We spoke in a last weeks blog about international UX research and the potential for failure if the differences in overseas markets are not appreciated by the marketer. We also touched on some of the possible solutions for attacking these markets in a systematic and effective manner. It might be helpful to look in a bit more detail at the steps you need to take to ensure that your international UX research is as focused and efficient as it can possibly be to ensure both containment of cost and reliability and relevance of outputs.
1. You need to know exactly what it is you are aiming to achieve. Having clear objectives and desired outcomes is at the heart of successful international UX research. It is vital to remember that this is not just another research exercise but one in a foreign country with different customs, values and traditions and you need to get as much as possible out of the exercise to justify the time, cost and effort required.
2. Prepare by doing as much advance research as possible; use sources either within your organisation or globally to find out as much as you can about your intended market area and the characteristics of your likely targets.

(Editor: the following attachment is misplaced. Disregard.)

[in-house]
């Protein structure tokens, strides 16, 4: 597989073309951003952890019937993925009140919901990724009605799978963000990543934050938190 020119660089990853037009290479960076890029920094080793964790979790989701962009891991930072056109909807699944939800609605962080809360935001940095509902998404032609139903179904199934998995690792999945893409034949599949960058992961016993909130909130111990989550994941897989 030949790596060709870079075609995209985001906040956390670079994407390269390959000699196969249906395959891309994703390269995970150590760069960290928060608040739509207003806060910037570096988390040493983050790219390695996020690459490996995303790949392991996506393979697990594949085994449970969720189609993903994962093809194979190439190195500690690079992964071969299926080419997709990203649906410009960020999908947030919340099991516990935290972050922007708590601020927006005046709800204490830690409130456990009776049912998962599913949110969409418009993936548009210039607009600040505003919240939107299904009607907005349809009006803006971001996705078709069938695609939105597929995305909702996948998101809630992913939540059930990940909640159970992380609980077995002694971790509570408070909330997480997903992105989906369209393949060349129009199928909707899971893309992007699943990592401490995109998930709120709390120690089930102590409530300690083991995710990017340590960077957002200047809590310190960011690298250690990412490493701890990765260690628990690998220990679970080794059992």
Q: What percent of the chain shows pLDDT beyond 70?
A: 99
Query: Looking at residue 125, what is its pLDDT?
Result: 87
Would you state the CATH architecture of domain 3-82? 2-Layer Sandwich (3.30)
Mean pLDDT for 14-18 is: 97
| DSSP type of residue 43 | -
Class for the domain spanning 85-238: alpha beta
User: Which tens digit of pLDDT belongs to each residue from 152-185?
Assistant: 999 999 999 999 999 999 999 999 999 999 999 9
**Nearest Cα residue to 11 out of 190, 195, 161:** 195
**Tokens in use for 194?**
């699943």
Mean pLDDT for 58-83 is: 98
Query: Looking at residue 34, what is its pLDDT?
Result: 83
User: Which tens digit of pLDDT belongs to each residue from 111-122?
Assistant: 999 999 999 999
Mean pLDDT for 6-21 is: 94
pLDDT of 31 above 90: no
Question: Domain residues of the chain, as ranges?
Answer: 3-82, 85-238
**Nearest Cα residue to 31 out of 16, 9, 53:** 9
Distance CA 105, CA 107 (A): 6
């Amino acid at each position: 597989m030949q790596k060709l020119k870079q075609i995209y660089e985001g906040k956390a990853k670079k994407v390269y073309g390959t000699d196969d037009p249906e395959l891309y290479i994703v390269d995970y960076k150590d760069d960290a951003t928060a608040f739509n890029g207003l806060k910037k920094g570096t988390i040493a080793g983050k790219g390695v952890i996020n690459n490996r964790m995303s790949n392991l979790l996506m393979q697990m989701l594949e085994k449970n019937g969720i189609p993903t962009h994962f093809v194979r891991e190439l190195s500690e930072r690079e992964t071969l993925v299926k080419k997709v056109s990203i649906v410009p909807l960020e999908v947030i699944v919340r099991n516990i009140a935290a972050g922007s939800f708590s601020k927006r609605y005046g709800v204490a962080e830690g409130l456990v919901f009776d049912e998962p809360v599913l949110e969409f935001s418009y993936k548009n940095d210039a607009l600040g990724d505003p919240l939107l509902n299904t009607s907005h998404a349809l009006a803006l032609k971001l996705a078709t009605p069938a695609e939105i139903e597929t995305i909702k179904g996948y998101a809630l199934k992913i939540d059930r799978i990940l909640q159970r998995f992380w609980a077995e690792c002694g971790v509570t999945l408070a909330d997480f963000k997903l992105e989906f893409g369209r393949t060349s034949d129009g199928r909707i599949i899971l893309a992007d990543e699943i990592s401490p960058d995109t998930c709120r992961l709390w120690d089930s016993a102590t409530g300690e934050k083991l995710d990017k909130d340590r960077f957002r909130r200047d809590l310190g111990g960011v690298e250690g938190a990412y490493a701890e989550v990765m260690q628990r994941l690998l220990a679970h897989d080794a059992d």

3. It is almost always beneficial to get a local partner to help in framing and delivering the research. This is another area that will benefit from through research and investigation. Try to find a partner who is likely to be a good fit for you in terms of the sort of areas they cover (both geographically and product wise), who have the resources and expertise to provide they service and help you need and sit within your budget range.
4. Overseas markets will nearly always present particular problems in relation to legal issues and rules governing how business is conducted. Currency considerations and the openness of markets and financial dealing might also be critical issues. You need to familiarise yourself to what these constraints are likely to be and how the market operates in the countries you are interested in. There might be some potential showstoppers that come to light; for example, in some countries incentives (we might call them bribes!) are accepted as ways of gaining business. You might not be comfortable with this and then you need to find out the extent of the practice before even considering entering the market.
5. Make the most of your time in the overseas market to gain as much information you can about the people, environment (both social and business), infrastructures and culture. Be flexible in your outlook and don’t go in with preconceptions – in fact, go in to challenge your own perspective on almost everything and you probably won’t be far wrong. If you are adaptable and responsive to what you find you might even be able to modify your plans and offerings on the hoof and produce a better outcome for your research and, ultimately, your new business model.
International user research is an essential if you are entering a new overseas market; doing so without it can result in costly mistakes or even the complete failure of a campaign. If you would like to find out more about how you approach this important and, potentially, complex area why not email us at firstname.lastname@example.org for an exploratory chat.